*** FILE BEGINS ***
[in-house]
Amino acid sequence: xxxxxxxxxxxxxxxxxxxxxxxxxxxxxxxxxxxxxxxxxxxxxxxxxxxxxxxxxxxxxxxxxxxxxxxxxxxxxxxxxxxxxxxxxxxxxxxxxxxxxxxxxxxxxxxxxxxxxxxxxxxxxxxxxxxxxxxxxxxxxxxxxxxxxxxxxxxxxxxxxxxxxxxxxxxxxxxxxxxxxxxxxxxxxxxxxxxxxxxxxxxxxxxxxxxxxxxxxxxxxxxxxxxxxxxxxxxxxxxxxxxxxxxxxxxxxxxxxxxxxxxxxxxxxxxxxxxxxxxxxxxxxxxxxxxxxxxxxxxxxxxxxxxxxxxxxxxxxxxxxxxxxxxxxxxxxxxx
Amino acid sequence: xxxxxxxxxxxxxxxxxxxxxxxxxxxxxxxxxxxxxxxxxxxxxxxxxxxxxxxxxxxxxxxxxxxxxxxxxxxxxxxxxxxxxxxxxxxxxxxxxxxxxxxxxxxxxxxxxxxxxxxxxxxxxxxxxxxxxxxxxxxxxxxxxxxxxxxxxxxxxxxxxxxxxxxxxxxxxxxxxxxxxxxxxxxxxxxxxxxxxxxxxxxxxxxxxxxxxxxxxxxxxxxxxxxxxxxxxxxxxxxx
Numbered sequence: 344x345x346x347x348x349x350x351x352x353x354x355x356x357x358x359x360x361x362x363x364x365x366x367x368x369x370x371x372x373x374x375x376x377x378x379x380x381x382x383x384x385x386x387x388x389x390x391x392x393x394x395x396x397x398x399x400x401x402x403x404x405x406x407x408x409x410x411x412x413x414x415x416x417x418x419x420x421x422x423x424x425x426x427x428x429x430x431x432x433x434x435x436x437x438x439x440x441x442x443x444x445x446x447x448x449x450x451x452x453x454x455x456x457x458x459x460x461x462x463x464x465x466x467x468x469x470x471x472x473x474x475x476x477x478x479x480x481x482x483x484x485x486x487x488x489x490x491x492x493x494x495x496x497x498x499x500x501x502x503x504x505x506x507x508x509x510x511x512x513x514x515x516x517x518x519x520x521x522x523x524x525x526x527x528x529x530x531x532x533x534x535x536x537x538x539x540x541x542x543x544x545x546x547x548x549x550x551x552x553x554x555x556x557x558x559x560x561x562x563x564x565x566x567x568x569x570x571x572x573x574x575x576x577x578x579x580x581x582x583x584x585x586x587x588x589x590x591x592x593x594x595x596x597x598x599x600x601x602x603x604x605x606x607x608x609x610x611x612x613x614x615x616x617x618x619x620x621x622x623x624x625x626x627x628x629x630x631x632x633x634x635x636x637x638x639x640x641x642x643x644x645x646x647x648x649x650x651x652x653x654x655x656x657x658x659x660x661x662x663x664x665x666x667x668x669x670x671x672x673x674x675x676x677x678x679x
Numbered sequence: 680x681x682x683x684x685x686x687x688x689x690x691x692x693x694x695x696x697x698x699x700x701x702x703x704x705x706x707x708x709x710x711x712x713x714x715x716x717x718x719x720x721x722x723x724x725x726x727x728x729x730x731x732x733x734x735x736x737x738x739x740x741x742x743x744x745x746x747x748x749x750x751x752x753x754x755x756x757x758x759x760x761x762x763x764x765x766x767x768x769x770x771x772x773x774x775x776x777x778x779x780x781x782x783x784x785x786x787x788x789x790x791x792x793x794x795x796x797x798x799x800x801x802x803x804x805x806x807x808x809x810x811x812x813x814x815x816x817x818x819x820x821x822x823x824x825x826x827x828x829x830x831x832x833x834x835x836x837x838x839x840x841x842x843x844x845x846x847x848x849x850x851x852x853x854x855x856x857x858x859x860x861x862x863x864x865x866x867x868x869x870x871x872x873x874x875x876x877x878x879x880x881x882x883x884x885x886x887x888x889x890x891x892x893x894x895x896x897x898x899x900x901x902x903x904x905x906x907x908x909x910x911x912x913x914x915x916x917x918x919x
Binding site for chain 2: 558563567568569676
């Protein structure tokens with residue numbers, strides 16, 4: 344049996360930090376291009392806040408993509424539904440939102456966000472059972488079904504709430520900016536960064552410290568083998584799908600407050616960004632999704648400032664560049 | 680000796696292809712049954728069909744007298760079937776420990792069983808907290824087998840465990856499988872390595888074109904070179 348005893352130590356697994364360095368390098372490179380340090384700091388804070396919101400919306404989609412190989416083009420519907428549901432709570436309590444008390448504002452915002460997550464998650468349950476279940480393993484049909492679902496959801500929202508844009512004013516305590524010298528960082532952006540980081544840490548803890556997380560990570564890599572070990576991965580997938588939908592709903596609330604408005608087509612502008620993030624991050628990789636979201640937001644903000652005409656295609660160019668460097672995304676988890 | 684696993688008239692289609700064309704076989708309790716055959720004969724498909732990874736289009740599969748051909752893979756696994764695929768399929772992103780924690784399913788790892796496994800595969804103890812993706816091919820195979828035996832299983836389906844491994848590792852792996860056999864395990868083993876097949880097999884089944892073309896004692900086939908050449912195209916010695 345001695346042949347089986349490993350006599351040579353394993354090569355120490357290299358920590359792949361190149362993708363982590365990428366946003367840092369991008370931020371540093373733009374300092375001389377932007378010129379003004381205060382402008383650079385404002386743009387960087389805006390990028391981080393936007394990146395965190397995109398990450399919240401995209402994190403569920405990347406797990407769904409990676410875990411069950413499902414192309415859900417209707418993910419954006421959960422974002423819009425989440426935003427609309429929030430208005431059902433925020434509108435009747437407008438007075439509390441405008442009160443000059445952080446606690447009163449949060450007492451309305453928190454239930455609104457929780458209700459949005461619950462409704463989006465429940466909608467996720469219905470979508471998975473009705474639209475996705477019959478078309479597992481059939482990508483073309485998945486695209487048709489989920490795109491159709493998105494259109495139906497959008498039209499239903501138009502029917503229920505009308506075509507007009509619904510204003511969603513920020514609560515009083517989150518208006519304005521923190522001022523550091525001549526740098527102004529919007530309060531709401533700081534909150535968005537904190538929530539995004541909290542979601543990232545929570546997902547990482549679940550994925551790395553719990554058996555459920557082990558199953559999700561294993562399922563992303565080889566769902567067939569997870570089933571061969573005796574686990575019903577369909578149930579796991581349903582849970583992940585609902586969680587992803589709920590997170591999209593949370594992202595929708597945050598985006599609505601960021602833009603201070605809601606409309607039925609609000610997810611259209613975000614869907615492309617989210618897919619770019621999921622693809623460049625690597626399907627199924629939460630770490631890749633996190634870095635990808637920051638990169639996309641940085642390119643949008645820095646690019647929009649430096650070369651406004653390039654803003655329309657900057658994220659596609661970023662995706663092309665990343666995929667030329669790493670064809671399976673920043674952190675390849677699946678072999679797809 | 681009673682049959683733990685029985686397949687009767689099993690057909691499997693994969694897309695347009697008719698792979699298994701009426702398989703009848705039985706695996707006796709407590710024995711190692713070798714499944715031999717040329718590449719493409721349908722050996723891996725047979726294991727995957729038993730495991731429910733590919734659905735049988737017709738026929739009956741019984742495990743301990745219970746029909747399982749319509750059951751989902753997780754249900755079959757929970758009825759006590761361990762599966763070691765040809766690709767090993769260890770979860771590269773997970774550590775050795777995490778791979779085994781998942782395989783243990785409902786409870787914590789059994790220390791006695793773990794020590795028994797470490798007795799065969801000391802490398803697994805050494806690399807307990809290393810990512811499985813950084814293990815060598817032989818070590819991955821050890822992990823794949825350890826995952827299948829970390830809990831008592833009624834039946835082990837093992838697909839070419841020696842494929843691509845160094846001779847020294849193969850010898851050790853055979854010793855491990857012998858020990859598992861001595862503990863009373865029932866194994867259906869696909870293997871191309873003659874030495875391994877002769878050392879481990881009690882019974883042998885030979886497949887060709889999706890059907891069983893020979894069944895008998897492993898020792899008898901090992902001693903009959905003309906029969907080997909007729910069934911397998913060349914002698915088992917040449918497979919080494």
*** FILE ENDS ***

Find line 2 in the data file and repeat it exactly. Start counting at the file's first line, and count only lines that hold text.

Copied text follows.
Amino acid sequence: xxxxxxxxxxxxxxxxxxxxxxxxxxxxxxxxxxxxxxxxxxxxxxxxxxxxxxxxxxxxxxxxxxxxxxxxxxxxxxxxxxxxxxxxxxxxxxxxxxxxxxxxxxxxxxxxxxxxxxxxxxxxxxxxxxxxxxxxxxxxxxxxxxxxxxxxxxxxxxxxxxxxxxxxxxxxxxxxxxxxxxxxxxxxxxxxxxxxxxxxxxxxxxxxxxxxxxxxxxxxxxxxxxxxxxxxxxxxxxxxxxxxxxxxxxxxxxxxxxxxxxxxxxxxxxxxxxxxxxxxxxxxxxxxxxxxxxxxxxxxxxxxxxxxxxxxxxxxxxxxxxxxxxxxxxxxxxxx